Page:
Agile Development for Serverless Platforms
With chapters selected by Danilo Poccia
  • April 2017
  • ISBN 9781617294983
  • 124 pages

You need more than great dev tools to release great software; you need an efficient pipeline that takes advantage of modern Agile development practices. Serverless platforms like AWS offer the basic building blocks you need to run code, store data, or process streaming information so you can focus on the features you want to provide, not get bogged down with the infrastructure. Combined with an agile process, serverless architectures help create a quick feedback loop between developers, end users, and businesses, allowing for the quick prototyping and easy production roll-out you need to innovate and react on the fly.

Agile Development for Serverless Platforms helps you start thinking about how to apply Agile practices in fully serverless architectures. This book brings together excerpts from four Manning books selected by Danilo Poccia, the author of AWS Lambda in Action. These chapters are a fantastic way to lay the foundations for understanding the world of agile development on serverless architecture. With concepts from working with APIs, serverless development patterns, designing an authentication system, and more, you'll see just how to tackle this new way to develop efficiently and effectively.

Table of Contents detailed table of contents


Are You Ready for Agile?

3 Are You Ready for Agile?

3.1 What areas will you become more agile in?

3.1.1 Increasing customer involvement

3.1.2 Improving prioritization of features

3.1.3 Increasing team buy-in and involvement

3.1.4 Clarifying priorities and reminding everyone of the consequences of changing them

3.1.5 Adapting to change during development

3.1.6 Better understanding the project's status

3.1.7 More efficient planning and estimating

3.1.8 Continuous risk management

3.1.9 Delivering the project needed at the end

3.1.10 Achieving the right level of project structure

3.2 The different flavors of agile

3.2.1 Scrum

3.2.2 Extreme Programming

3.3 Create your own flavor to become agile within your constraints

3.4 Key points to remember

3.5 Looking ahead

What’s inside

Working with Web APIs

2 Working with Web APIs

2.1 HTTP basics

2.1.1 HTTP request

2.1.2 HTTP response

2.1.3 HTTP interactions

2.2 The Toppings API

2.3 Designing the API

2.4 Using a web API

2.4.1 Browser

2.4.2 Command line (curl)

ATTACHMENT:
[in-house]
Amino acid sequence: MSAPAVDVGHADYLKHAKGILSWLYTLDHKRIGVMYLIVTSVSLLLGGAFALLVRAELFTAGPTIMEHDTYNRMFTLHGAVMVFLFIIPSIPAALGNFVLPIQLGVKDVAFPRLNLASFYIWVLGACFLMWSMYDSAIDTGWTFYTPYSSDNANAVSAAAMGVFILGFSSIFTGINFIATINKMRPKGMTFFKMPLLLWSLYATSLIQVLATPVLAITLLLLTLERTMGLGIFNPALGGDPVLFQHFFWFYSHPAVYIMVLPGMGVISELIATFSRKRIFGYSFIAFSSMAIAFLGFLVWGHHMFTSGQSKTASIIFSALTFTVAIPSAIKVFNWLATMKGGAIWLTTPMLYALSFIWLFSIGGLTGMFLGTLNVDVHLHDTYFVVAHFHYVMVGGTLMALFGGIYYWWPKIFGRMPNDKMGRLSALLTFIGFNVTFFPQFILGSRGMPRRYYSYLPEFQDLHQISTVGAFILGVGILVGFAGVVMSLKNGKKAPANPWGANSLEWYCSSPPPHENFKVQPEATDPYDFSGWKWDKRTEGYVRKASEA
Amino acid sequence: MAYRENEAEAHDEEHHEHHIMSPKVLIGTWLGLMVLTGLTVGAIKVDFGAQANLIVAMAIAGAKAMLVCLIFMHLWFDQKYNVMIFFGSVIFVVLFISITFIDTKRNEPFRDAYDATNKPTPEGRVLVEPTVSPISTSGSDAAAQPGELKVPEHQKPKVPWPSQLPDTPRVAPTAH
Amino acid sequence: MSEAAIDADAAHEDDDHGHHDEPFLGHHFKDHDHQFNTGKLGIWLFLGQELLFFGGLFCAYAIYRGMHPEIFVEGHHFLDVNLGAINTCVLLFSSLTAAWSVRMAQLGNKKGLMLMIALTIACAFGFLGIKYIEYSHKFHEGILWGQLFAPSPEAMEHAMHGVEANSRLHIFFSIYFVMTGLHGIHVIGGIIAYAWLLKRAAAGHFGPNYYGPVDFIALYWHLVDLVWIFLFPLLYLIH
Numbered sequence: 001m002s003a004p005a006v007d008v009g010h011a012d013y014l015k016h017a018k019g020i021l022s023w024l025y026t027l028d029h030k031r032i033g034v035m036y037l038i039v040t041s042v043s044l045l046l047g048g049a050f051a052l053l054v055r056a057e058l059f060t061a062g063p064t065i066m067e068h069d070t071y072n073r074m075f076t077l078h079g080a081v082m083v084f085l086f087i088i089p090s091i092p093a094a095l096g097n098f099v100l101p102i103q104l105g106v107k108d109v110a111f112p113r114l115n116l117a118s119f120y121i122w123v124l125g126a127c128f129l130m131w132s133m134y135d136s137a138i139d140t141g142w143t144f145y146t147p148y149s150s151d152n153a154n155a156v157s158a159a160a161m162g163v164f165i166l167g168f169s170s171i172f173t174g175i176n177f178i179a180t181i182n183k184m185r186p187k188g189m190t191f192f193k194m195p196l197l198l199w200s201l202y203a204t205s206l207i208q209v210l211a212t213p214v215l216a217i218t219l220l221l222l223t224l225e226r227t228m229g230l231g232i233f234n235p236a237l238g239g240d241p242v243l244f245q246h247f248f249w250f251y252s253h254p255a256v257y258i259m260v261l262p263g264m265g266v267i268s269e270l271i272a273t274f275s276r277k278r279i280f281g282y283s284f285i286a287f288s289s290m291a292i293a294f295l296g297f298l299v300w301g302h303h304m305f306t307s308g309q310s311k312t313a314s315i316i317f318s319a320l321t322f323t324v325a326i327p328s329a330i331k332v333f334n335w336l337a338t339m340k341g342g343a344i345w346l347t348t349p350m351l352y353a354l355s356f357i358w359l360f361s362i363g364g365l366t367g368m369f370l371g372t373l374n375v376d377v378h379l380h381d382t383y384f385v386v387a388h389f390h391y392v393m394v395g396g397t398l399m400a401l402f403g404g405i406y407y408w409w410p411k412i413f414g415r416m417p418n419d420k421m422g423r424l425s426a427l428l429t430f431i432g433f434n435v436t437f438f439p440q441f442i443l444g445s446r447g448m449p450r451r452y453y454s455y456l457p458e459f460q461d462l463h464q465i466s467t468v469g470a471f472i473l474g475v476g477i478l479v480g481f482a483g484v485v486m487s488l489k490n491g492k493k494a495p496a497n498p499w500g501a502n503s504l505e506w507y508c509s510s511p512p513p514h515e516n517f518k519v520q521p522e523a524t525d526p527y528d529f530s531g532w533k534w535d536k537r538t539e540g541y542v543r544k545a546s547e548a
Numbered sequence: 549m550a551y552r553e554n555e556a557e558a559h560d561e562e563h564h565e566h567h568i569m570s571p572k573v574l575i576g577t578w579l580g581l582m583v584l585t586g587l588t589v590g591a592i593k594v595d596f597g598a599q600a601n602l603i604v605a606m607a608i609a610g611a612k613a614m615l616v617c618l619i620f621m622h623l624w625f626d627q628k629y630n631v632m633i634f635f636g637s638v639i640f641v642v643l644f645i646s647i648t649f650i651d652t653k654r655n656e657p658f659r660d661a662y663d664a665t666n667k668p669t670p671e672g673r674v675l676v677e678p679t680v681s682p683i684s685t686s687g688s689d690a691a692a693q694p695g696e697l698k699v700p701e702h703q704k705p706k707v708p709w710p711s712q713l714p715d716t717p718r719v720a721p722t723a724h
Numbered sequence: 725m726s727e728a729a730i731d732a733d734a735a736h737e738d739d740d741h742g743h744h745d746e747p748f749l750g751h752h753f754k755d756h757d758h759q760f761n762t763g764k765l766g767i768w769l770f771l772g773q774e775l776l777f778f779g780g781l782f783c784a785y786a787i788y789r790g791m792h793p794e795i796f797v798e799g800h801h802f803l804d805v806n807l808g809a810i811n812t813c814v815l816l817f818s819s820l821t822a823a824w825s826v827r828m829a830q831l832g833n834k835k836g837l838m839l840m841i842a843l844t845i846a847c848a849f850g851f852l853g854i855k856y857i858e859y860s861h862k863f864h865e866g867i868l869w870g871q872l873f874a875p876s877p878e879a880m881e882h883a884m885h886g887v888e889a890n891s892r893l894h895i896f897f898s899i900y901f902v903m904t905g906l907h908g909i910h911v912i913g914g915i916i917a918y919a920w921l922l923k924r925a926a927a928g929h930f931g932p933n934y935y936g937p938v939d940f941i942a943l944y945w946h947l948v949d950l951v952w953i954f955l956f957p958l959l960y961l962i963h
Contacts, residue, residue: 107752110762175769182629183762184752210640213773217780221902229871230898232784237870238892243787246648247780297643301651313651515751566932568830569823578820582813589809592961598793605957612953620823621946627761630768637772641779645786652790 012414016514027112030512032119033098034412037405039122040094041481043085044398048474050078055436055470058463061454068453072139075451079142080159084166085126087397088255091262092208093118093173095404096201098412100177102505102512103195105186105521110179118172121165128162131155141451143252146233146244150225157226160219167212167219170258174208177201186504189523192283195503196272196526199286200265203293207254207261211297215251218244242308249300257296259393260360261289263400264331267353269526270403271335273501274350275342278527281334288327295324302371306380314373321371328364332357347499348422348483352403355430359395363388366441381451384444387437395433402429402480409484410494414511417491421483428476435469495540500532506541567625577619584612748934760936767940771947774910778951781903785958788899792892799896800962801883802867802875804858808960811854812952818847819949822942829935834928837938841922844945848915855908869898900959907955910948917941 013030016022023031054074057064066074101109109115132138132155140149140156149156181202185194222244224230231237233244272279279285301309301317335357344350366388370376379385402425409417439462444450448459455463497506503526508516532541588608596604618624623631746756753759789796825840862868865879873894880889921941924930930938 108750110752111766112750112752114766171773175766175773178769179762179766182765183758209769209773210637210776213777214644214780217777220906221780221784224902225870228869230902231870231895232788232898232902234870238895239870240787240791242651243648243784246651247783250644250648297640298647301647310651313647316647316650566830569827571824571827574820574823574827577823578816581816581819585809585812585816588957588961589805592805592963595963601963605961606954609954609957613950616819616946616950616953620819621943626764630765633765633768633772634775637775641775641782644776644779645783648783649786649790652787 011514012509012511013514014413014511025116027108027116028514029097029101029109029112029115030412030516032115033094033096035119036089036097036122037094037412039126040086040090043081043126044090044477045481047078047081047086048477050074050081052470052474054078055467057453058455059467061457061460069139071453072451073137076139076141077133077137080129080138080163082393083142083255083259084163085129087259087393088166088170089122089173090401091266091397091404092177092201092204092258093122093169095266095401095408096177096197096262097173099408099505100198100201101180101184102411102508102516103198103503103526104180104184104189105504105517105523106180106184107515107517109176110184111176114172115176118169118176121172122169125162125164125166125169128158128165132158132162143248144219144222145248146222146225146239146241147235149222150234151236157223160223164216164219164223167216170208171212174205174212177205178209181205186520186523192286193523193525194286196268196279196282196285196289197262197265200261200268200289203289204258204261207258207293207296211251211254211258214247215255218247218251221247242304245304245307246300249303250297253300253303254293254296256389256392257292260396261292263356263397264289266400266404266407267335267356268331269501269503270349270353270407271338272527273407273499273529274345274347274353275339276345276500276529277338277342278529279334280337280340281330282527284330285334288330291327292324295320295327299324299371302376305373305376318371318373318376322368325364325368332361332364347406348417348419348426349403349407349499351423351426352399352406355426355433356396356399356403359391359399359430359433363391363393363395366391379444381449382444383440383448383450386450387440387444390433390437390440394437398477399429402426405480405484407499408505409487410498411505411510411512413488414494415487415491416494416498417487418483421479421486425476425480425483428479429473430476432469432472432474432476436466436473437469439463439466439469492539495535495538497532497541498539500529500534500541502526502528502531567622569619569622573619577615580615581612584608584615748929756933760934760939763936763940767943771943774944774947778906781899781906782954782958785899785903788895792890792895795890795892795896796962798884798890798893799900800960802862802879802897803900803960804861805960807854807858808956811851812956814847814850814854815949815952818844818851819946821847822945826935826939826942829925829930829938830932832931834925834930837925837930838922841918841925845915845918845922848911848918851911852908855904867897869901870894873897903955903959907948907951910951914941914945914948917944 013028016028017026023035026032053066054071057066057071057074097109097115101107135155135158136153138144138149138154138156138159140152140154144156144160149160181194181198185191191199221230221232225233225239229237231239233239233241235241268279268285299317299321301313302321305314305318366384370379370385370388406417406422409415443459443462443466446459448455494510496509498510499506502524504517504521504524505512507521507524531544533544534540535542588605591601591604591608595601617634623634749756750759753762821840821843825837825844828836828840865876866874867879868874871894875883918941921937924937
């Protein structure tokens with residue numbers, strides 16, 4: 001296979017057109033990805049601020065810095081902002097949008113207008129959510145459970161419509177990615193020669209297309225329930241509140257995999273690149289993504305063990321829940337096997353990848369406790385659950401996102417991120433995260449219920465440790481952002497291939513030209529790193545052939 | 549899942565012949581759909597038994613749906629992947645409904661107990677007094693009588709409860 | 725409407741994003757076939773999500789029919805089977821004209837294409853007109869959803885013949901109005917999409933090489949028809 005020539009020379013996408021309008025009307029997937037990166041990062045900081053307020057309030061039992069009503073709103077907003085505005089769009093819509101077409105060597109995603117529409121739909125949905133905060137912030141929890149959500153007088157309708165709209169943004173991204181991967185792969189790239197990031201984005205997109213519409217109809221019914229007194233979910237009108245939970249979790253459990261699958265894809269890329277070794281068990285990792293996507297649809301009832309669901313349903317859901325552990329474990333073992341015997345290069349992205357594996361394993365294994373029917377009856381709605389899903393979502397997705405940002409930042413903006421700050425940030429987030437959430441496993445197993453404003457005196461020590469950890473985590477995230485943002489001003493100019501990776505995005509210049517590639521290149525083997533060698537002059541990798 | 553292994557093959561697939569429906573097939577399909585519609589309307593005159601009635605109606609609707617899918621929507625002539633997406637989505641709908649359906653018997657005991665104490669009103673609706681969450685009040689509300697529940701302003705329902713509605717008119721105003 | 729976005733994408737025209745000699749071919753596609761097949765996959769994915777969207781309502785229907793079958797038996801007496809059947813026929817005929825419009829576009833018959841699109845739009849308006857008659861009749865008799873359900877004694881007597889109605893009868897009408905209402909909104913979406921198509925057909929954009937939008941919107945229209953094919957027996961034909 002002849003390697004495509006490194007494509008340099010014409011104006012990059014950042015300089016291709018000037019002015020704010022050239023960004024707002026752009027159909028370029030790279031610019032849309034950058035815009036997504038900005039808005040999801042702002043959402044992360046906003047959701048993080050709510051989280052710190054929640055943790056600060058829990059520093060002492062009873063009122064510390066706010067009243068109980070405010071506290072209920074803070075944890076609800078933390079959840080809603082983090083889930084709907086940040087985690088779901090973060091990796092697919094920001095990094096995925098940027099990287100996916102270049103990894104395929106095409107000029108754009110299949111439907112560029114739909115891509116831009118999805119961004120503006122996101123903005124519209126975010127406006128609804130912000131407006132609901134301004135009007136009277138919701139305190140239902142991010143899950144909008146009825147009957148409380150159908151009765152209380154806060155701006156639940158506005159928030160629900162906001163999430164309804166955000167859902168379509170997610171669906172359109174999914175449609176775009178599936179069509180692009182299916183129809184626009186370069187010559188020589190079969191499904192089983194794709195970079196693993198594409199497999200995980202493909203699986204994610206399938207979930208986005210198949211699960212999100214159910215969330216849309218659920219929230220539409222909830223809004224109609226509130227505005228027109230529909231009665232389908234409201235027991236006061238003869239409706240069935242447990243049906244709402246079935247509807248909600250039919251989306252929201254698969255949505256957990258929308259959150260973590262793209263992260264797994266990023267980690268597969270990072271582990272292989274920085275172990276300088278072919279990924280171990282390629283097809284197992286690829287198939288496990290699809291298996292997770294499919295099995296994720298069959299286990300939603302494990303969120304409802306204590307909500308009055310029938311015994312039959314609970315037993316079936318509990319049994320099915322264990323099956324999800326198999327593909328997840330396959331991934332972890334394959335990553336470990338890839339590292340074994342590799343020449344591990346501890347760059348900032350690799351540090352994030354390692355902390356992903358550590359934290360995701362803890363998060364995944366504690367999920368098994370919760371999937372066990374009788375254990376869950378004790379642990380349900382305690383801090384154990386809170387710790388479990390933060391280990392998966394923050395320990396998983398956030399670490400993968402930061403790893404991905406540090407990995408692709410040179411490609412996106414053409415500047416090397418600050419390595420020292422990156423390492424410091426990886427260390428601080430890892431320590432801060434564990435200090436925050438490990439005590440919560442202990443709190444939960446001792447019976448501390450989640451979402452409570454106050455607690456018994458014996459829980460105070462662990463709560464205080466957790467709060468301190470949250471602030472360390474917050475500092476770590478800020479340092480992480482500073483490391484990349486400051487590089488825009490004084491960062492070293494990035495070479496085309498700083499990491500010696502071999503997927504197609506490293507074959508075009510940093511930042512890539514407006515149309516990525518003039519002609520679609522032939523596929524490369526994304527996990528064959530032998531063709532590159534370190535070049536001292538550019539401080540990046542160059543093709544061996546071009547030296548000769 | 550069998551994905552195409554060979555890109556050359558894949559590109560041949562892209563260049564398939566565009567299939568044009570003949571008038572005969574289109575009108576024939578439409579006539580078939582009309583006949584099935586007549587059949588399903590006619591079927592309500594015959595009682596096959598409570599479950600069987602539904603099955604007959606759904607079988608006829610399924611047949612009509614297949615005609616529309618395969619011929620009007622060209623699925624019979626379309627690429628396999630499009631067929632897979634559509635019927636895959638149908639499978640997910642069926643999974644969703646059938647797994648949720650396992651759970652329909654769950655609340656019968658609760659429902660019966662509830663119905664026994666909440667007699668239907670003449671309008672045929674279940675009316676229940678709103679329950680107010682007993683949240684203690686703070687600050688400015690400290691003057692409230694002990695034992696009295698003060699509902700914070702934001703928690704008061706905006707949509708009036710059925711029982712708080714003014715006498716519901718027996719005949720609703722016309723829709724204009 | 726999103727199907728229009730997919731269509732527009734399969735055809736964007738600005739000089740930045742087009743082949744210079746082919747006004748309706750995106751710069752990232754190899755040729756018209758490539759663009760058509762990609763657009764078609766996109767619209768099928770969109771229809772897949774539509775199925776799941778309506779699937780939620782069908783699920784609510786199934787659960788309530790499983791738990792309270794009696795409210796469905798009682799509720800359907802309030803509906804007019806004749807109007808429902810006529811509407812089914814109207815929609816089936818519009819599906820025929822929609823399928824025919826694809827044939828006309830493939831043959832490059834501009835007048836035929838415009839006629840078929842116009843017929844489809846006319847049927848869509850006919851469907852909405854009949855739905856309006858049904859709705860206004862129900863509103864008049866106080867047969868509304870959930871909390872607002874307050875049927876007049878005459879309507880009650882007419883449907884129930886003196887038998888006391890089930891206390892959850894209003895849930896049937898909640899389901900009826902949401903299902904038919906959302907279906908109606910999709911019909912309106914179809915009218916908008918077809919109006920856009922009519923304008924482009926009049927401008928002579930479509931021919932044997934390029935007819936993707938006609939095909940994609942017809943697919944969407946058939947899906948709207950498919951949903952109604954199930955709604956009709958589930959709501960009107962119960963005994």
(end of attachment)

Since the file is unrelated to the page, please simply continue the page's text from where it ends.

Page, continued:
2.4.3 HTTP sniffers

2.5 Interaction between the API and client

2.6 Install your own API and front end

2.6.1 Installing the system via Docker

2.6.2 Installing the system via Git

2.6.3 Exploring the code

2.7 Summary

What’s inside

Architectures and Patterns

2 Architectures and Patterns

2.1 Use cases

2.1.1 Application back end

2.1.2 Data processing and manipulation

2.1.3 Real-time analytics

2.1.4 Legacy API proxy

2.1.5 Scheduled services

2.1.6 Bots and skills

2.2 Architectures

2.2.1 Compute as back end

2.2.2 Legacy API proxy

2.2.3 Hybrid

2.2.4 GraphQL

2.2.5 Compute as glue

2.2.6 Real-time processing

2.3 Patterns

2.3.1 Command pattern

2.3.2 Messaging pattern

2.3.3 Priority queue pattern

2.3.4 Fan-out pattern

2.3.5 Pipes and filters pattern

2.4 Summary

What’s inside

Designing an Authentication Service

8 Designing an Authentication Service

8.1 The interaction model

8.2 The event-driven architecture

8.3 Working with Amazon Cognito

8.4 Storing user profiles

8.5 Adding more data to user profiles

8.6 Encrypting passwords




Automating Deployment: CloudFormation, Elastic Beanstalk, and OpsWorks

5 Automating Deployment: CloudFormation, Elastic Beanstalk, and OpsWorks

5.1 Deploying applications in a flexible cloud environment

5.2 Running a script on server startup using CloudFormation

5.2.1 Using user data to run a script on server startup

5.2.2 Deploying OpenSwan as a VPN server to a virtual server

5.2.3 Starting from scratch instead of updating

5.3 Deploying a simple web application with Elastic Beanstalk

5.3.1 Components of Elastic Beanstalk

5.3.2 Using Elastic Beanstalk to deploy Etherpad, a Node.js application

5.4 Deploying a multilayer application with OpsWorks

5.4.1 Components of OpsWorks

5.4.2 Using OpsWorks to deploy an IRC chat application

5.5 Comparing deployment tools

5.5.1 Classifying the deployment tools

5.5.2 Comparing the deployment services

5.6 Summary

What’s inside

About the author

Danilo Poccia is a technical evangelist at Amazon Web Services and a frequent speaker at public events and workshops.

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